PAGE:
Historical regatta machine Le Cid formerly Hallali is a beautiful classic 12M cruising racer. She is designed and constructed by the renowned French naval architect Eugène Cornu. Throughout his career Cornu drew and designed hundreds of boats, ranging from French navy vessels, merchant vessels and off course his famous 12 metre regatta boats. Cornu had a special fondness for his 12-meter boats and Le Cid or Hallali which she originally was named was a boattype Cornu spent his entire career contemplating and perfecting. Cornu was uncompromising in his pursuit to build the best boats of his day. According to Cornu there were two types of boat, good boats and bad boats, Le Cid undoubtedly represents the first.
Le Cid combines all the qualities that make up a wonderful classic wooden yacht. Beyond being particularly beautiful, she offers plenty of space, exceptional performance and sailing qualities that will impresses any yachtsman. Le Cid has been well maintained and kept throughout her life and she is in excellent technical shape. To the extent that she needs any attention it is purely cosmetic details that should be rectified. All of the work that has been done on Le Cid has been done by professional boat builders with great attention to detail and historical accuracy, a restoration project that has taken countless hours was completed in 2010.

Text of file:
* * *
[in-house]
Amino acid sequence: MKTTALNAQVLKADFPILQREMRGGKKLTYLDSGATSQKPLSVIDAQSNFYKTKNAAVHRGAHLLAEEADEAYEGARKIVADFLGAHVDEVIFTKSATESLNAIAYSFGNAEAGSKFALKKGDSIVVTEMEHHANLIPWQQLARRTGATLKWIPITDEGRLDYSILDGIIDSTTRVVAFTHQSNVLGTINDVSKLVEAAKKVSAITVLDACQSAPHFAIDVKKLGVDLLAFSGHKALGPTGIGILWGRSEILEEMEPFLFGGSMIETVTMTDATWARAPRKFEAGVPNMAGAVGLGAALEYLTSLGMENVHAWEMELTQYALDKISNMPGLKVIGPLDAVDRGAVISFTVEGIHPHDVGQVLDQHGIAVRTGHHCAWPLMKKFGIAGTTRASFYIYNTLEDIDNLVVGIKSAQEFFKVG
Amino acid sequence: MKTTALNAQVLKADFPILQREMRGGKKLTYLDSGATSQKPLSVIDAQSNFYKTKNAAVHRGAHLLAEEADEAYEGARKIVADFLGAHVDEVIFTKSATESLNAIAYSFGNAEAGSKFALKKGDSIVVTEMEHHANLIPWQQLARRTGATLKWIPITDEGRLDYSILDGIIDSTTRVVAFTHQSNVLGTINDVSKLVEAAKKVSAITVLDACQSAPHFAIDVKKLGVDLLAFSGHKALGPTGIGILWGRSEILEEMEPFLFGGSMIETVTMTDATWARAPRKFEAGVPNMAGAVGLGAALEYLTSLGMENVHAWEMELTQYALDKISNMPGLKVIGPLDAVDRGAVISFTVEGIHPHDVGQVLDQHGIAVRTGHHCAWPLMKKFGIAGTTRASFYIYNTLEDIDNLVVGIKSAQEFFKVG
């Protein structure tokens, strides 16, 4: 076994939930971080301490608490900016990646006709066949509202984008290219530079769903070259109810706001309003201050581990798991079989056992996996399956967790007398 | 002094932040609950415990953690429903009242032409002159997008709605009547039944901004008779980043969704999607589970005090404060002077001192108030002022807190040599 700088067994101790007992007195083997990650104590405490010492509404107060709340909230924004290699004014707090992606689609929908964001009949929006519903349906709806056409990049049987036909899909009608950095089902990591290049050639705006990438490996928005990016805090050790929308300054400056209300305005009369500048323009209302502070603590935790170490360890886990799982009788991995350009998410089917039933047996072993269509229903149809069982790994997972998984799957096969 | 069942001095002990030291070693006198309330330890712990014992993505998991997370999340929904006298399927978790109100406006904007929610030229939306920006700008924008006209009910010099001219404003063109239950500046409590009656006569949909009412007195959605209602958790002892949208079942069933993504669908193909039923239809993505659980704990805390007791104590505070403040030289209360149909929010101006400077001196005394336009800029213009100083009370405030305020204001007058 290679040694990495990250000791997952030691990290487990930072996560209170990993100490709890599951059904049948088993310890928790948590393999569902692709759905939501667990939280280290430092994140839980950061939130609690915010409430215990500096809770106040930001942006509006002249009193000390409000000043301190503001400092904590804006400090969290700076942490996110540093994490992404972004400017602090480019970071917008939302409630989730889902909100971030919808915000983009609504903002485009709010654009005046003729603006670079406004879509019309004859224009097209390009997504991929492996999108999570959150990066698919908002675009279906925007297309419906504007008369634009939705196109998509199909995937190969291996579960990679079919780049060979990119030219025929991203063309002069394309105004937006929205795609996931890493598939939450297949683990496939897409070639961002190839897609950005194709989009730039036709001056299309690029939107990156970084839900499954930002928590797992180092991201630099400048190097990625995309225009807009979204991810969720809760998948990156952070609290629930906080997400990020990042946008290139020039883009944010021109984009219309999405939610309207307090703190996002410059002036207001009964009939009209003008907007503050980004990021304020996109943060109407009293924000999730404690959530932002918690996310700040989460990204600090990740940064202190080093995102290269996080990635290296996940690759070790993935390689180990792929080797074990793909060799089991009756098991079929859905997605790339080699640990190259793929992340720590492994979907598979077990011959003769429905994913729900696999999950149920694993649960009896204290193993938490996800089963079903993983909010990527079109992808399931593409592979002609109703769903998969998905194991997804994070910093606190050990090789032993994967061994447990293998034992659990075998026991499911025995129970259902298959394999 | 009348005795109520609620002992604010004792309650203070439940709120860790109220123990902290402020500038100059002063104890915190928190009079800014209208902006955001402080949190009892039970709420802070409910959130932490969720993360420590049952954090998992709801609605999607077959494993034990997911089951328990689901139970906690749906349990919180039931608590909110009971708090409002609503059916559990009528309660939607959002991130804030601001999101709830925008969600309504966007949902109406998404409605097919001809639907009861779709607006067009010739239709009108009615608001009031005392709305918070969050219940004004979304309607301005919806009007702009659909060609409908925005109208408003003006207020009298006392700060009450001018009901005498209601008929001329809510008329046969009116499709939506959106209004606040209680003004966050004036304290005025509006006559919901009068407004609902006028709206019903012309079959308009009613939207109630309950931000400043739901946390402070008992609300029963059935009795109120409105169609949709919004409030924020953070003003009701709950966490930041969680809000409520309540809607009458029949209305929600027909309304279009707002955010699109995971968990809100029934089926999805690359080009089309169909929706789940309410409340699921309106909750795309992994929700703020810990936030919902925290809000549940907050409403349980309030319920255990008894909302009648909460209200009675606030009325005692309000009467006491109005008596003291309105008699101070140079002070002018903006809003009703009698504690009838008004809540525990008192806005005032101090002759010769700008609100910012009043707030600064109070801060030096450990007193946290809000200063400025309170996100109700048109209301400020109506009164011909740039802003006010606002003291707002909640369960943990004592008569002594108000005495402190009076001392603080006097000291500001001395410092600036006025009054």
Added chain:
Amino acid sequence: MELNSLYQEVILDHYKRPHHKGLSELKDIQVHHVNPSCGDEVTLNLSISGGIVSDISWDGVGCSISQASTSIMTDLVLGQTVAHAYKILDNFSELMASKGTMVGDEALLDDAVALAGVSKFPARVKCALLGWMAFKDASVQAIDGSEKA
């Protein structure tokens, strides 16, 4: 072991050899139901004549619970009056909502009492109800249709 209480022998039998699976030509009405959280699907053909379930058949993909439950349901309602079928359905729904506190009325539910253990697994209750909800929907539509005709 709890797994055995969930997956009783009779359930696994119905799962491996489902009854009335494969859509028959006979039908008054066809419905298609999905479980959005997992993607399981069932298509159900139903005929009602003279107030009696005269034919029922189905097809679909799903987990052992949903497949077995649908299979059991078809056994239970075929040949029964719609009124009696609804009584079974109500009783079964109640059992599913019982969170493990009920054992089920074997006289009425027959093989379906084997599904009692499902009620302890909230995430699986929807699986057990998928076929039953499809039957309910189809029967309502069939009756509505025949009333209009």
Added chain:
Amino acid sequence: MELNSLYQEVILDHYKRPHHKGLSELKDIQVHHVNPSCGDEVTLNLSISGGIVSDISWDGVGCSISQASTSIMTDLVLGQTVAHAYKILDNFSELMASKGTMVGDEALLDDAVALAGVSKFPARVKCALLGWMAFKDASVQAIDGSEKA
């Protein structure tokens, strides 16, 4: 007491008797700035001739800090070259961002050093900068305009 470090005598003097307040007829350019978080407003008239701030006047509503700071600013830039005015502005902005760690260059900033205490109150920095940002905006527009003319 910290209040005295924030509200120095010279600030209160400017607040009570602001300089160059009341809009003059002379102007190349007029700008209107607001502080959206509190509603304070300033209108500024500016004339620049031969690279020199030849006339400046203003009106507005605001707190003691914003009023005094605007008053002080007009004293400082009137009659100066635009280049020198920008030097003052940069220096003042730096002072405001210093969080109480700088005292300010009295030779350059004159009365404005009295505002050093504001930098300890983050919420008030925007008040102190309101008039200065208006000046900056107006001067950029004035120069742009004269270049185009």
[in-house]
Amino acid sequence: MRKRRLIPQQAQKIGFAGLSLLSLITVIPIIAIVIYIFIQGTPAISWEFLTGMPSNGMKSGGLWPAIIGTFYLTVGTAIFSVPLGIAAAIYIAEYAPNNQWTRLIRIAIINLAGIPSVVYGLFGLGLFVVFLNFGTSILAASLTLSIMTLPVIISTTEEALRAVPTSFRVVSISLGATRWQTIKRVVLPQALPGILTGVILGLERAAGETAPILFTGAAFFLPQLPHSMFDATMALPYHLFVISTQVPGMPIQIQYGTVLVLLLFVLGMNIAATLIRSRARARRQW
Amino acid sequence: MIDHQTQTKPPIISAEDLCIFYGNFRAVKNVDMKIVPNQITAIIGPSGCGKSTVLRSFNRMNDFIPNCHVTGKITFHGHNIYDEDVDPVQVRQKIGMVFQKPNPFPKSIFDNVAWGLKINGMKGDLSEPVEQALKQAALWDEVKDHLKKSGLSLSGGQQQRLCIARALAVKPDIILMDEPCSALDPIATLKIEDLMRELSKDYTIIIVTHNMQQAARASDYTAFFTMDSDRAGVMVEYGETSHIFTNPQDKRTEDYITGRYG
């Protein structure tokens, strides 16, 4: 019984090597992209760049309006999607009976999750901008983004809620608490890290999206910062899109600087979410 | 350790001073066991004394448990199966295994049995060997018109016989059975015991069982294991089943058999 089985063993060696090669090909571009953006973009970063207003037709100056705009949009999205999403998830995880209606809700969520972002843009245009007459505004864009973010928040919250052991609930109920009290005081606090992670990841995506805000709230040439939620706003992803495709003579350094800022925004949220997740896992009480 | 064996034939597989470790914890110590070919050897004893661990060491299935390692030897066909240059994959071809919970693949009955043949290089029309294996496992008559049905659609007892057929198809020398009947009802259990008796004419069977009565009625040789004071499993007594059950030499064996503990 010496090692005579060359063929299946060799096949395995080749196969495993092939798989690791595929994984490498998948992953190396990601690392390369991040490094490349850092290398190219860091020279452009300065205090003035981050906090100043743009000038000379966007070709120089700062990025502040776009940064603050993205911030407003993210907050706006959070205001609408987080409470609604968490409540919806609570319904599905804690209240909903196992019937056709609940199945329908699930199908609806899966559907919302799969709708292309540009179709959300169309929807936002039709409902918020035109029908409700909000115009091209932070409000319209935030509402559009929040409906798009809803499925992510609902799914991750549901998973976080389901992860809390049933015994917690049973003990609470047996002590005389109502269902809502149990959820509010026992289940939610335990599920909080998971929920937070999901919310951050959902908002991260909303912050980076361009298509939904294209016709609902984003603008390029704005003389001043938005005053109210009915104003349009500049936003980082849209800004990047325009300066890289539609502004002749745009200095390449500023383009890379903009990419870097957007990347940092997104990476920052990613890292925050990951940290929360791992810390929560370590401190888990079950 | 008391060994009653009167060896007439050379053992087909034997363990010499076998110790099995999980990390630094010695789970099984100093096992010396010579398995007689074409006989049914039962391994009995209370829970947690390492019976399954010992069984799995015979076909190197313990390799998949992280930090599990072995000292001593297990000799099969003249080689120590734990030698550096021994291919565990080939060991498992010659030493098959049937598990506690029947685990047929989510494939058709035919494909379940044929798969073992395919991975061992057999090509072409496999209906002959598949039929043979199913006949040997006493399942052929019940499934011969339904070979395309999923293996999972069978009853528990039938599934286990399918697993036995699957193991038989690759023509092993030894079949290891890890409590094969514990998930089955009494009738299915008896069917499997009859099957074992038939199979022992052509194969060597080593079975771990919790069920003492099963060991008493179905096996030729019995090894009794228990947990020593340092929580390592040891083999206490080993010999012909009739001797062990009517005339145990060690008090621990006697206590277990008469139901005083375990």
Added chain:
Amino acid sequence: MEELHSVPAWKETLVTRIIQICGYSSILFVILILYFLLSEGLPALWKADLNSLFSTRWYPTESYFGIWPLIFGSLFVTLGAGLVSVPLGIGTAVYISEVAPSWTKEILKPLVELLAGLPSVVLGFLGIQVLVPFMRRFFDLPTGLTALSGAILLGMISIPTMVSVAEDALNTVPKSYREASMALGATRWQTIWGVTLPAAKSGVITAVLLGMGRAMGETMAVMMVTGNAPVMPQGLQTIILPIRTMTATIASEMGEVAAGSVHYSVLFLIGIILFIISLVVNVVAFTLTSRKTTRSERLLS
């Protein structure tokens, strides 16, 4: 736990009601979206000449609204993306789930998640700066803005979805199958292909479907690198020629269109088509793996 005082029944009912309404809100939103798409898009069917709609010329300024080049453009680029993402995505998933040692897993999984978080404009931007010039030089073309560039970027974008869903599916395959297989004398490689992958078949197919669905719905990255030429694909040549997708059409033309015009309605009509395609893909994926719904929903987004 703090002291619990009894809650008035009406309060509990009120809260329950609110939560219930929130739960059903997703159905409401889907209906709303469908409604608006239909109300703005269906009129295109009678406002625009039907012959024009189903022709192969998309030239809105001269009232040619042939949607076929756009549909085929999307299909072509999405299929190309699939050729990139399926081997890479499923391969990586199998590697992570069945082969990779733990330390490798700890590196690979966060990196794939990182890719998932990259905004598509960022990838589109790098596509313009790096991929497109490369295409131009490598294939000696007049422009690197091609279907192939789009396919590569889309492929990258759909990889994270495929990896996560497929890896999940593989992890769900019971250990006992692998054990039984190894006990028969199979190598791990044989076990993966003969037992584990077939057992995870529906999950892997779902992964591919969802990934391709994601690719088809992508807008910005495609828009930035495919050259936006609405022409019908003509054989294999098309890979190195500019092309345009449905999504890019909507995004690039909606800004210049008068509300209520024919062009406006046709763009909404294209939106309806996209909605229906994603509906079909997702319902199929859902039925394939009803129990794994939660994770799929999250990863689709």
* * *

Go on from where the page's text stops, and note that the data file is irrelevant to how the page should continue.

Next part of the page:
Le Cid was built in 1956 and designed and constructed by Eugene Cornu, he is one of France's most celebrated Boat designers of all time and a true connoisseur will be familiar with the Cornu name. Le Cid or Hallali which she was originally named was built as one of two boats on near identical drawings. She was put into production shortly after her sister ship Striana started proving herself near invincible on the regatta courses of the French Riviera. For all his genius Eugene Cornu was also an eccentric, uncompromising when it came to producing the very fastest sailing yachts. After building the first 12m CR Striana it is said that Cornu ordered his men to set sail and go upwind whereupon Cornu took off his trousers and went up in the bow, wearing only his long underwear. He stated that this way it was easier to see how the wind direction was influenced by the shape of the hull and how the boat could be improved. All opportunities for improvement were noted. After countless sea trials and rigorous testing the winning formula was complete. The opportunity Cornu had been waiting for came in the form of an order from Franck Guillet who had seen how her sister ship Striana excelled in the Regattas. Construction of Hallali (Le Cid) began and Cornu who had worked as a constructor since 1923 wagered all his personal experience and prestige that he would be able to construct a 12M boat the world had never seen alike. When Hallali or Le Cid as she is now called, was completed it did not take long before also she too began to excel in the regatta and race context. Cornu later stated that the construction of his 12-meter CR class was one of the major highlights of his career. So pleased was Cornu with the success of these vessels that before his death he ordered his wife to burn all the drawings of the boats he had built so that they could not be replicated. Thankfully Ms. Cornu did not have the heart to do so and the original drawings by Cornu was donated and is now safely stored in France's maritime Museum. Even today, 60 years after her maiden journey, Le Cid continues to impress at the race track. She has won numerous regattas in Norway and most recently in 2016 where she finished second place in the Færder race. When Le Cid was put up for sale in the 1980s the Norwegian Tingstad family glimpsed a rare opportunity. Hallali was purchased and brought to Oslo where she received her present name Le Cid. In 2010, a laborious restoration work started, among other things, all screws, bolts and penetrations in the hull where replaced. The rig was modernized and everything that needed maintenance was repaired and restored according to the fine art of classic yacht building. Her technical condition today is very good. To the extent that she needs attention, it is only cosmetic imperfections that should be remedied.